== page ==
Live Review: Public Enemy - Esplanade

19 May 2012 | 3:00 pm | Josh Ramselaar

Chuck D wastes no time launching into Rebel Without A Pause, demonstrating that his flow has lost nothing in Public Enemy’s 25 years.

Unsurprisingly for a hip hop show in Australia, things are running late. It's almost 45 minutes after the advertised starting time when local group The Psyde Projects take the stage. The two MCs trade rapid-fire rhymes smoothly and move around the small front-bar stage with a lot of energy, while the DJ plays a mix of funk samples and lower-end heavy beats. They have no trouble hyping up the already large crowd. Next up is another local act, Seth Sentry. His music is much more laidback, allowing the crowd to sing along to his better-known songs that are spread throughout the set. Triple j favourites The Waitress Song and My Scene get the best crowd reactions, as does his contribution to the 'rapper tag' series.

There's a brief changeover period as instruments are set up while some band members, DJ Lord and two members of the S1W take the stage. After a bit of crowd hyping, Lord plays the famous air raid siren heard at the beginning of It Takes A Nation Of Millions To Hold Us Back, heralding the arrival of Public Enemy frontman Chuck D. He wastes no time launching into Rebel Without A Pause, demonstrating that his flow has lost nothing in Public Enemy's 25 years. Immediately after this, Flavor Flav takes to the stage, sending the crowd into a frenzy. 911 Is A Joke comes next and is delivered with such intensity that it's difficult to believe we're witnessing performers in their 50s.

What follows is a ferocious set that visits the highlights of their peak work. Bring The Noise, Don't Believe The Hype, Can't Truss It and Night Of The Living Baseheads all have the crowd bouncing and doing their best to keep up with Chuck D's rapping. They throw in quick covers as tributes to recently deceased Beastie Boy, MCA and funk legend Chuck Brown. The second half of the set drops off a bit – they play some of their slower work and seem to be taking longer breaks in between songs. This feeling is compounded in the section where crowd members are brought onstage to show their MC skills while Flav drums. Most people who volunteer aren't really rapping and the segment seems to have no purpose but to extend the show.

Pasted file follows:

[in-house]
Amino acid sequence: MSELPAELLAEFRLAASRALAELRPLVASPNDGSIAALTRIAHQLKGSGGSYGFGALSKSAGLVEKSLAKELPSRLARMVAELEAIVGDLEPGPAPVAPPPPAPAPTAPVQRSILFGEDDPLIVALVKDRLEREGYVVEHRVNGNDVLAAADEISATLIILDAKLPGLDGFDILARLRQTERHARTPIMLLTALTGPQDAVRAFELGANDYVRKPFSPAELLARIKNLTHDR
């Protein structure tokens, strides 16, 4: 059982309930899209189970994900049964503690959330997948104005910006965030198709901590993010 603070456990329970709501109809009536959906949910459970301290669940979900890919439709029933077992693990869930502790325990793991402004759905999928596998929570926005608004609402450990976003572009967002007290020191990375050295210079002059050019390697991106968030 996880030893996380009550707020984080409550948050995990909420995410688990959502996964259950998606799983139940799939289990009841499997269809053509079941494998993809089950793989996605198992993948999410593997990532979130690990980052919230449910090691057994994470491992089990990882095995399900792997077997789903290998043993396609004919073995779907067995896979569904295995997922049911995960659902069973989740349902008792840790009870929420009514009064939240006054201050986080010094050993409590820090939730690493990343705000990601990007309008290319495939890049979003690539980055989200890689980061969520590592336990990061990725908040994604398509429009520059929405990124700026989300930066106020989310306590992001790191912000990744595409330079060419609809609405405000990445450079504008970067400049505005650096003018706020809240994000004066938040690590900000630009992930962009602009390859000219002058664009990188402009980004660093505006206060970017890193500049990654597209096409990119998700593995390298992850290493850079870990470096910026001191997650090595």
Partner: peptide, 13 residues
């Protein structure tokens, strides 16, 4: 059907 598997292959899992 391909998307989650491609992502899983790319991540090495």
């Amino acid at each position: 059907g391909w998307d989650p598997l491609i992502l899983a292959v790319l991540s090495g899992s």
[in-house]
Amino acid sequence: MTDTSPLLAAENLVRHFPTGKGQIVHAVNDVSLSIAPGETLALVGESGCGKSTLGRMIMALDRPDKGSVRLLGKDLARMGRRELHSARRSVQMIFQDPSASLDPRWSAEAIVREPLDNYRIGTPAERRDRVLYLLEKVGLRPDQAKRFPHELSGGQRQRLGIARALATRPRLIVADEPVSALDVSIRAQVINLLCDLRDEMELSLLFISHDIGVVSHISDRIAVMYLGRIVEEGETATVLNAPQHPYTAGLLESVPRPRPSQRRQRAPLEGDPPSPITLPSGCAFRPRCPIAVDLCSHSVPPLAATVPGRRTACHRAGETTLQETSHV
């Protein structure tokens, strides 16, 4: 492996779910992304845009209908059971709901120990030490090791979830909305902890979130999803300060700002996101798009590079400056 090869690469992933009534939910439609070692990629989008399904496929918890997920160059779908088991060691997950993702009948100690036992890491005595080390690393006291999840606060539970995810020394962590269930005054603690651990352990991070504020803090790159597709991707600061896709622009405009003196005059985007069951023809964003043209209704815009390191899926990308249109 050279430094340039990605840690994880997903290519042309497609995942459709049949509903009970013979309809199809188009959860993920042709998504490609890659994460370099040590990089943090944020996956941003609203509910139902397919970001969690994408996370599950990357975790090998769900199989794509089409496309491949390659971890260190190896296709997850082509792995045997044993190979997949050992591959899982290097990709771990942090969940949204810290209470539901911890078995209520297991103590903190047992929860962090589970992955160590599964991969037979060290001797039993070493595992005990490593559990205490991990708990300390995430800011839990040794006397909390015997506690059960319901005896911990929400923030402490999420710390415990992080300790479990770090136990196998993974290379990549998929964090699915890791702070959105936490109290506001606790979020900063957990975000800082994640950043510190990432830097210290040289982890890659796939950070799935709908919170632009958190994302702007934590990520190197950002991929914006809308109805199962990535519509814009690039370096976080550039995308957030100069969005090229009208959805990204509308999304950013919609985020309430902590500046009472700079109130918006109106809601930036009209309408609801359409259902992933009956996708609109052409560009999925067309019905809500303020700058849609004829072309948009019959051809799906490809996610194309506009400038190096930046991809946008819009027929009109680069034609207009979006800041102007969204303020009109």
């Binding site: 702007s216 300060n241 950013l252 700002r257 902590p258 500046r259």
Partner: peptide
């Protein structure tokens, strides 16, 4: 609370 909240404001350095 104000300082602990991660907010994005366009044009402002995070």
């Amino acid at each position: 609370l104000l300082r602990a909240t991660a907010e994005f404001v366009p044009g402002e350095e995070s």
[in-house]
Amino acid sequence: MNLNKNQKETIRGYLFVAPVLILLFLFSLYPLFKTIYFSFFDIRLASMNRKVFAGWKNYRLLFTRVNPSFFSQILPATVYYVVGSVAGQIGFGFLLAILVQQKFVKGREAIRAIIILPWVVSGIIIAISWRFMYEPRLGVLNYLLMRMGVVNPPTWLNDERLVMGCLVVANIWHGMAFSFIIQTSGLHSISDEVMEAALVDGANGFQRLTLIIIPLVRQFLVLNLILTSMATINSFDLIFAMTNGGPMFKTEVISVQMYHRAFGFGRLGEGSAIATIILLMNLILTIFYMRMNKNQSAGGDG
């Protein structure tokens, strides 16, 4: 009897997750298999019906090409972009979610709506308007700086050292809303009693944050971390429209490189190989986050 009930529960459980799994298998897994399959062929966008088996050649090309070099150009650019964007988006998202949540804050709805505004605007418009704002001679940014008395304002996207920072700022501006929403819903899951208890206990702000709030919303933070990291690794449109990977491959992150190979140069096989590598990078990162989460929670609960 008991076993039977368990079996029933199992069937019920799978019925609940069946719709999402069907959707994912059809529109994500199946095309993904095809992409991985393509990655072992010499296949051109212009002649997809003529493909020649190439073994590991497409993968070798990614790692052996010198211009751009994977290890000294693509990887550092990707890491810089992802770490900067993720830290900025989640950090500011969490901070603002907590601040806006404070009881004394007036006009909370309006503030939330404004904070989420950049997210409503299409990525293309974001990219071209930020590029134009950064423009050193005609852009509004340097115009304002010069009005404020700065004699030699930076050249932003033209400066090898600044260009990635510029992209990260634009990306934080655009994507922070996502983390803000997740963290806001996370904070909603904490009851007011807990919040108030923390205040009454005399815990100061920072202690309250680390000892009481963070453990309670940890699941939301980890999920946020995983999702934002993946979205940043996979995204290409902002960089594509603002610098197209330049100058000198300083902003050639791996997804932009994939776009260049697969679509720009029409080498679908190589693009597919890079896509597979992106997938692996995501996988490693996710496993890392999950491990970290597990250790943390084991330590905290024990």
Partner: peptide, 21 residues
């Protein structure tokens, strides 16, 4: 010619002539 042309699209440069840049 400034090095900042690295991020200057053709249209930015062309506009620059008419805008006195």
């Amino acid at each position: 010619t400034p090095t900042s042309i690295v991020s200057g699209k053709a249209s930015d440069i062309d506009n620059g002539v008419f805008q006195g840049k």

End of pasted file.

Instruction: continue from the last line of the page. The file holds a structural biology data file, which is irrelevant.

Thankfully, their energy seems to be back after this as the group get stuck into some quicker material and finish on the excellent trio of By The Time I Get To Arizona, Fight The Power and She Watch Channel Zero?! Flavor hangs around to give a speech on racism and unity before the group leaves. However, as we make our way down the Espy stairs, the crowd's united feeling comes more from knowing that we've just witnessed hip hop legends deliver another knockout performance, 25 years after they started.

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